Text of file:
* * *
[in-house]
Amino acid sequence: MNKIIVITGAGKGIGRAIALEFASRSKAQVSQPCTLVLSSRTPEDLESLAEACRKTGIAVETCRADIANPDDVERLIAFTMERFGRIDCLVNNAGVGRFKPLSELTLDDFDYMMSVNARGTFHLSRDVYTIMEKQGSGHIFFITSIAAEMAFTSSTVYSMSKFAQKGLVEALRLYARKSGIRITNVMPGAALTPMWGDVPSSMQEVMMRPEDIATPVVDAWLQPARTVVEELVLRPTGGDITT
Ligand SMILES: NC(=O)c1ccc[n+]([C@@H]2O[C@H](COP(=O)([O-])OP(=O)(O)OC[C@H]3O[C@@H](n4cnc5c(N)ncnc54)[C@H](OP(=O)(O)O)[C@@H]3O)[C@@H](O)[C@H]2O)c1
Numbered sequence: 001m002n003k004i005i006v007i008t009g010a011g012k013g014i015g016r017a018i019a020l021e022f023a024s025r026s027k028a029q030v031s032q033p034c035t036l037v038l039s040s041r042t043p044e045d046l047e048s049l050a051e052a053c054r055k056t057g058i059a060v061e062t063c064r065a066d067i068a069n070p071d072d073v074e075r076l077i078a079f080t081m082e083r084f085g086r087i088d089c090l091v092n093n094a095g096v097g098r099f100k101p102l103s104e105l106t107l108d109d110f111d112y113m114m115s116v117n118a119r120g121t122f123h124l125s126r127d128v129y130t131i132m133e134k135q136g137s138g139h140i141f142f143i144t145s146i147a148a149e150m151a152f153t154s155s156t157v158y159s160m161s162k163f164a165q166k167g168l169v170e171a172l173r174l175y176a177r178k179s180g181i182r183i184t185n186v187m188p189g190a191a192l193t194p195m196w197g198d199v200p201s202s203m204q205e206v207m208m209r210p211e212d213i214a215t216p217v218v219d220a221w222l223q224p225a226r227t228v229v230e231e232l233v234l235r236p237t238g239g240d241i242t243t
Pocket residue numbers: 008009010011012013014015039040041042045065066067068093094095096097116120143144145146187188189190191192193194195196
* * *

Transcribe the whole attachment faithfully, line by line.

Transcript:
[in-house]
Amino acid sequence: MNKIIVITGAGKGIGRAIALEFASRSKAQVSQPCTLVLSSRTPEDLESLAEACRKTGIAVETCRADIANPDDVERLIAFTMERFGRIDCLVNNAGVGRFKPLSELTLDDFDYMMSVNARGTFHLSRDVYTIMEKQGSGHIFFITSIAAEMAFTSSTVYSMSKFAQKGLVEALRLYARKSGIRITNVMPGAALTPMWGDVPSSMQEVMMRPEDIATPVVDAWLQPARTVVEELVLRPTGGDITT
Ligand SMILES: NC(=O)c1ccc[n+]([C@@H]2O[C@H](COP(=O)([O-])OP(=O)(O)OC[C@H]3O[C@@H](n4cnc5c(N)ncnc54)[C@H](OP(=O)(O)O)[C@@H]3O)[C@@H](O)[C@H]2O)c1
Numbered sequence: 001m002n003k004i005i006v007i008t009g010a011g012k013g014i015g016r017a018i019a020l021e022f023a024s025r026s027k028a029q030v031s032q033p034c035t036l037v038l039s040s041r042t043p044e045d046l047e048s049l050a051e052a053c054r055k056t057g058i059a060v061e062t063c064r065a066d067i068a069n070p071d072d073v074e075r076l077i078a079f080t081m082e083r084f085g086r087i088d089c090l091v092n093n094a095g096v097g098r099f100k101p102l103s104e105l106t107l108d109d110f111d112y113m114m115s116v117n118a119r120g121t122f123h124l125s126r127d128v129y130t131i132m133e134k135q136g137s138g139h140i141f142f143i144t145s146i147a148a149e150m151a152f153t154s155s156t157v158y159s160m161s162k163f164a165q166k167g168l169v170e171a172l173r174l175y176a177r178k179s180g181i182r183i184t185n186v187m188p189g190a191a192l193t194p195m196w197g198d199v200p201s202s203m204q205e206v207m208m209r210p211e212d213i214a215t216p217v218v219d220a221w222l223q224p225a226r227t228v229v230e231e232l233v234l235r236p237t238g239g240d241i242t243t
Pocket residue numbers: 008009010011012013014015039040041042045065066067068093094095096097116120143144145146187188189190191192193194195196